"The Treasurer shall serve a term of three (3) years. The Treasurer shall be the Chairperson of the Finance Committee, shall oversee the management of funds for duly authorized purposes of the Division, shall prepare the annual budget, and shall present periodic financial reports to the Board and an annual report to the membership."

    The Treasurer shall perform the following duties and functions:

    Manages organizational funds in accordance with policies and procedures established by the Board and with all applicable legal requirements. 

    Offers plans for appropriate uses of organizational funds, such as investments and reserves, and raises concerns regarding possible uses of organizational funds which may be inappropriate, include significant risk or otherwise may cause harm to the Division.

    Files all reports related to the organization's finances as required by law, the central organization and the Division's bylaws. 

    Submits end of year financial statement to central office in order to receive quarterly dues disbursements.

    Presents periodic financial reports to the Board and reports on any and all important matters which could affect the organization's finances.

    Presents an annual financial report and budget to the organization's members for their review and approval during the annual meeting of the Division.

    Makes preparations for an external audit of the Division's finances at the end of each fiscal year and presents the findings of the audit to the Board and to the Finance Committee.

    Ensures a smooth and complete transition of the organization's finances and financial records to the duly elected Treasurer upon completion of term of office. 

    With the Budget Subcommittee of the Finance Committee, directs the preparation of the annual budget with committee chairs and other individuals within the organization with budgetary responsibilities.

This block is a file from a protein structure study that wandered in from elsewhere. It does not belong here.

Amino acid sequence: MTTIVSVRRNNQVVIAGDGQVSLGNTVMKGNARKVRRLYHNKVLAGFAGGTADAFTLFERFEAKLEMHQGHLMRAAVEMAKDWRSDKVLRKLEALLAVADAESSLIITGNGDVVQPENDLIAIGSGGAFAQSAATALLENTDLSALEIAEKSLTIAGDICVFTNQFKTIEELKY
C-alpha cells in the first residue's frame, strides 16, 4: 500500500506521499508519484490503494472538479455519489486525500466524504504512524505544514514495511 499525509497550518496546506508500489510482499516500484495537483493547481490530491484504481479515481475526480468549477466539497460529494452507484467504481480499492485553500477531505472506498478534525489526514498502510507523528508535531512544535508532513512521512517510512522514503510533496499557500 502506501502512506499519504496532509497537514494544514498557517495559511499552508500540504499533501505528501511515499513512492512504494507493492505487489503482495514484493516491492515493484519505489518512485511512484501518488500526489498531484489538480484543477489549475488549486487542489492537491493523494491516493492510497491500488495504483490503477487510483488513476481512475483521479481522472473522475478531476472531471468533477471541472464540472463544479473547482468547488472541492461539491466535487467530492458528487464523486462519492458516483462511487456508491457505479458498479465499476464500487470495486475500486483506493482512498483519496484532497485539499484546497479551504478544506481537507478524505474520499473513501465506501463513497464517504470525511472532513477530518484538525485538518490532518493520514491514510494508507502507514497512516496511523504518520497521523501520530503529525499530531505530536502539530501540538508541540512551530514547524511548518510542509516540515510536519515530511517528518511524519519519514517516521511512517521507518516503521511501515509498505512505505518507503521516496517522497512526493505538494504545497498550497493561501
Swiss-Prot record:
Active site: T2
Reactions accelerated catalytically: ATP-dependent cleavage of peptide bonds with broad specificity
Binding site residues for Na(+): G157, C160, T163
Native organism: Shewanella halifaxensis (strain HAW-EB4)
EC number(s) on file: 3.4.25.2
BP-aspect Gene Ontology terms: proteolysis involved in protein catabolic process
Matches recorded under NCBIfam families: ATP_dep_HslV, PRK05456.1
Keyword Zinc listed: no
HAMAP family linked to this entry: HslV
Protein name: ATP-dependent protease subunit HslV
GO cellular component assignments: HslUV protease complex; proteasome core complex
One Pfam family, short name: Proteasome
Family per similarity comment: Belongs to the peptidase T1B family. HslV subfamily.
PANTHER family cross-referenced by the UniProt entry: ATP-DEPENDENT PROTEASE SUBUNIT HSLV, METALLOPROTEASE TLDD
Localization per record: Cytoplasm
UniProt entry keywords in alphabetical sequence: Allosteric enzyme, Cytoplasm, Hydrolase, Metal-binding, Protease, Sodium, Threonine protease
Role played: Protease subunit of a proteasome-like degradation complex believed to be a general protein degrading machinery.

On behalf of the Finance Committee, recommends appropriate policies, procedures and proposals related to the management of organizational funds to the Board.

    Maintains all records related to the finances of the organization, past and present.

    Works with the external auditor to ensure a proper review of the organization's finances and cooperates with the Auditing Subcommittee of the Finance Committee during its review of the organization's finances. 

    Exercises reasonable judgment and care in managing the organization's finances.

    Reports to the Board of Directors any inconsistencies and/or concerns related to expenses submitted for payment and recommends appropriate action by the Board.



     

  • 16 Feb 2021 3:30 PM | Deleted user

    Information gathered and presented by Amanda L. Hess, MSc, LMFT, LMHC, MBACP

    Introduction to Sea Level Rise around Hawai’i

    The sea level off the Hawaiian Islands’ coast is ten inches higher than it was in 1950 (sealevelrise.org). This increase is mostly due to climate change, ice melting into the ocean, and sinking land, causing major problems.

    To address land development and rising sea level, Senate Bill 2381 was introduced in Feb. 2020, prior to COVID-19, by Senator Rhoades of O’ahu. A previous, similar bill did not pass Hawai'i legislature. Legislators are looking to “double shoreline setbacks to 40 feet and set that 2-meter height limit for new developments,” (Lovell, 2019). These parameters were set based on the projection that by the year 2100, seas are expected to rise at least two meters, a conservative estimate. Per Senator Rhoads’ aide, Larry Kane, the rise is accelerating, and the estimate is now projected to occur by 2070 (personal communication with Larry Kane on Jan. 31, 2021).